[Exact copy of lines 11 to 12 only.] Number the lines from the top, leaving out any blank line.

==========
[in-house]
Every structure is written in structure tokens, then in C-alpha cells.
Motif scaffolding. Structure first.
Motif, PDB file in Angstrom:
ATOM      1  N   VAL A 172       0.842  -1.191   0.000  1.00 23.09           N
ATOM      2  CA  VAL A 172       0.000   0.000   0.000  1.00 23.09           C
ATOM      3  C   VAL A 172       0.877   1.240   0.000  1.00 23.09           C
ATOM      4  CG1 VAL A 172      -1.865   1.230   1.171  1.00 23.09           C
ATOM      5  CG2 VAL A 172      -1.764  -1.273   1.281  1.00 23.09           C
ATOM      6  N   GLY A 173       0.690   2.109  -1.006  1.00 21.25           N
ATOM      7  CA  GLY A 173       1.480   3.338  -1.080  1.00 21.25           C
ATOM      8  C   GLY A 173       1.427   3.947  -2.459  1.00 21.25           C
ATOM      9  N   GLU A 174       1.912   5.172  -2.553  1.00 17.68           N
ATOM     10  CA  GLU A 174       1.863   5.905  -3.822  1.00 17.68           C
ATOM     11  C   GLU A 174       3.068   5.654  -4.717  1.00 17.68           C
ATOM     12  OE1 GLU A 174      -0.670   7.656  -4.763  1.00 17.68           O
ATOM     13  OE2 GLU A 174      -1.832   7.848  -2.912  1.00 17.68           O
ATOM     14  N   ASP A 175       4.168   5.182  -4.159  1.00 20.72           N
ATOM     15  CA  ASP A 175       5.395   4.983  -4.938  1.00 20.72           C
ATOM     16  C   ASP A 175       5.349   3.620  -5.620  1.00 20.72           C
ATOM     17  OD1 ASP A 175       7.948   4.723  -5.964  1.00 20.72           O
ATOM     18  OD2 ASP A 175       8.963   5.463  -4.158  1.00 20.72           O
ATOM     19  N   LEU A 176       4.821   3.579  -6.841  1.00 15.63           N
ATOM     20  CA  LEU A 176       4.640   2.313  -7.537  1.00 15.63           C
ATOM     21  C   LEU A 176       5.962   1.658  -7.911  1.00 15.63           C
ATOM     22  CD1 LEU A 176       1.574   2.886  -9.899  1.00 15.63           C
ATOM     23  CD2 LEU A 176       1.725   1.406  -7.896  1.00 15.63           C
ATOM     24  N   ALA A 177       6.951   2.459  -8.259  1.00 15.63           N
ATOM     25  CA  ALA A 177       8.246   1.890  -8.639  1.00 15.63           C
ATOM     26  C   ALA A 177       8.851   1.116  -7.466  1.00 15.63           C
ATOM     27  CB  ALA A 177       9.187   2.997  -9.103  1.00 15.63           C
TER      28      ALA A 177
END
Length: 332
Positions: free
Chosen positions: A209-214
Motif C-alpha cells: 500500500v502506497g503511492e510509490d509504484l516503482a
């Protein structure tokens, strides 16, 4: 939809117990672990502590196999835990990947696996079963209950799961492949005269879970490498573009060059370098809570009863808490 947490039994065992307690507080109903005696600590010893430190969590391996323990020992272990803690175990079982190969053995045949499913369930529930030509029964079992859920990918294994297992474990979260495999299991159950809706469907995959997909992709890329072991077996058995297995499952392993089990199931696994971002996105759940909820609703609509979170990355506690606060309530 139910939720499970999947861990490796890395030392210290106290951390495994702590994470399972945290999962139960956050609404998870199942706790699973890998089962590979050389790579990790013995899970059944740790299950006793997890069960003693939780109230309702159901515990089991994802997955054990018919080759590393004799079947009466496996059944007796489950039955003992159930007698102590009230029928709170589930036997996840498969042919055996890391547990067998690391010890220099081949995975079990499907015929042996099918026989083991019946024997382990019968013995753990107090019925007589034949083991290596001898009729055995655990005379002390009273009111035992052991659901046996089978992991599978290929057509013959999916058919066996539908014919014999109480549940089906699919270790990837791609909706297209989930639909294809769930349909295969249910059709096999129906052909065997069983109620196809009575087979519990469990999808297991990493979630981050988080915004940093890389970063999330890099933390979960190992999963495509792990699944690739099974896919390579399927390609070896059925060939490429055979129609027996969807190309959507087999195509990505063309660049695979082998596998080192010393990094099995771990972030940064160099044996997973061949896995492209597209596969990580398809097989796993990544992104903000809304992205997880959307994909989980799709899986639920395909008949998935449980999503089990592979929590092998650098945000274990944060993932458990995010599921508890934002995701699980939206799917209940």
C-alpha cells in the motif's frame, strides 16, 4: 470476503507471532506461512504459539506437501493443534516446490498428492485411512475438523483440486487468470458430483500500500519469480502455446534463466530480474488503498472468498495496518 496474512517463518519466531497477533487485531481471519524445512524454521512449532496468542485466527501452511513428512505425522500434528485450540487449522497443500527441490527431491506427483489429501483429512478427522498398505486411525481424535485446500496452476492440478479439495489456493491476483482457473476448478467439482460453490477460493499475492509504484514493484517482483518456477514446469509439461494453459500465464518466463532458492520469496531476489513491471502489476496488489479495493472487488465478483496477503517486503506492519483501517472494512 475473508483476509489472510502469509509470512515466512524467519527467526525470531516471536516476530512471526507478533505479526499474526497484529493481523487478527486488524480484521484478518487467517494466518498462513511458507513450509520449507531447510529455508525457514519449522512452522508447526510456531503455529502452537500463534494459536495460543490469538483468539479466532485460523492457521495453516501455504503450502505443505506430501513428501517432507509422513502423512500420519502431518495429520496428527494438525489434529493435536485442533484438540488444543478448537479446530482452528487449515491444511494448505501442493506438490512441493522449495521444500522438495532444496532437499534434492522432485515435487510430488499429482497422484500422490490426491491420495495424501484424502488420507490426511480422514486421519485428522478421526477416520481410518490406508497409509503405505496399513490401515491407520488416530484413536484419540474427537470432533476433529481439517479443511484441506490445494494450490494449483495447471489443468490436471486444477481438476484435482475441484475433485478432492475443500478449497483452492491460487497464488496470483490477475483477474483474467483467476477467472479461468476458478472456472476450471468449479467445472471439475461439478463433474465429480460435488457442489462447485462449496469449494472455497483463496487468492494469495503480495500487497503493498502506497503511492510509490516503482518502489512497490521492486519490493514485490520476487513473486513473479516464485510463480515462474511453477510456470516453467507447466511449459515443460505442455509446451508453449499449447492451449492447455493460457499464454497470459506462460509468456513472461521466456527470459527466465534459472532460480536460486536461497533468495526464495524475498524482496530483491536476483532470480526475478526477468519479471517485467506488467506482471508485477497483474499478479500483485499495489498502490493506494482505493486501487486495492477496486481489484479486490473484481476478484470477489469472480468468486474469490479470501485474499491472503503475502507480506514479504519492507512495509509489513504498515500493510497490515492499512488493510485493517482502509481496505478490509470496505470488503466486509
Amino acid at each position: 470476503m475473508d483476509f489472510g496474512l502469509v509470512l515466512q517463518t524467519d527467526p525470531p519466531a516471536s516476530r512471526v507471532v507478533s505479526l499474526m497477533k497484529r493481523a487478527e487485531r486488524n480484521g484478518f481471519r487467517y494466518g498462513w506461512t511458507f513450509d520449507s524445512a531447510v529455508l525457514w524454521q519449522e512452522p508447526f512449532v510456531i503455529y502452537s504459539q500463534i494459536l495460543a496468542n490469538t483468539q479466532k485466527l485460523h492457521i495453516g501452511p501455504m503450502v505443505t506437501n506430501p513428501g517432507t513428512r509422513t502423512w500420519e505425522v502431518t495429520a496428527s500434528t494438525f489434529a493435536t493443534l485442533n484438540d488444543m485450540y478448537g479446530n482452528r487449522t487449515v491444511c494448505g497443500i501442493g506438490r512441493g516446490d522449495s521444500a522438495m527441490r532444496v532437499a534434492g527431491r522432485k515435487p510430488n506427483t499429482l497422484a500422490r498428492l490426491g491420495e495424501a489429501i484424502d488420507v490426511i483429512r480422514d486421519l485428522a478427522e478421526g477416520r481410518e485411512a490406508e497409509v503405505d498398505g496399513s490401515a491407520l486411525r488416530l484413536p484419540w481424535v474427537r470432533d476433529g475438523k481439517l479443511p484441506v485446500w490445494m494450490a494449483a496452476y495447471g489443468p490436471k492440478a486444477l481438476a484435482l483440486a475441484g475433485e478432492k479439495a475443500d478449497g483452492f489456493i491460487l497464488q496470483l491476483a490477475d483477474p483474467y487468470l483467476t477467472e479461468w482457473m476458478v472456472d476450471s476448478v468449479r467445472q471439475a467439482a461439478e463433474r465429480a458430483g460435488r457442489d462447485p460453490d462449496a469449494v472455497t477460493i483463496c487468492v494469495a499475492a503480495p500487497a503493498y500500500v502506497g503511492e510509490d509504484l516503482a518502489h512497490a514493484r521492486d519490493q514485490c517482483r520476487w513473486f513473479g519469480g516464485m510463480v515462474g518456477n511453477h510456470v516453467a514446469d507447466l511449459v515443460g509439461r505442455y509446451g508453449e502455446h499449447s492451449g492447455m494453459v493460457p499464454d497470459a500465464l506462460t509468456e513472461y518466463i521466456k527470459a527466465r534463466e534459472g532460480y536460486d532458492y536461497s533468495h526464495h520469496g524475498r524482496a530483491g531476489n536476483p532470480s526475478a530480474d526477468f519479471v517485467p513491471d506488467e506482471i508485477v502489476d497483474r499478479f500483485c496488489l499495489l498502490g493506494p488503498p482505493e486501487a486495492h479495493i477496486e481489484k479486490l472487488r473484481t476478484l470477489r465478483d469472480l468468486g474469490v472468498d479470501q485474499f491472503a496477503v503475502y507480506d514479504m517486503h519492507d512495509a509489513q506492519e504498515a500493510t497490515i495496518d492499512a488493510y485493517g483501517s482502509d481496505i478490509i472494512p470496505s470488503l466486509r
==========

ATOM      7  CA  GLY A 173       1.480   3.338  -1.080  1.00 21.25           C
ATOM      8  C   GLY A 173       1.427   3.947  -2.459  1.00 21.25           C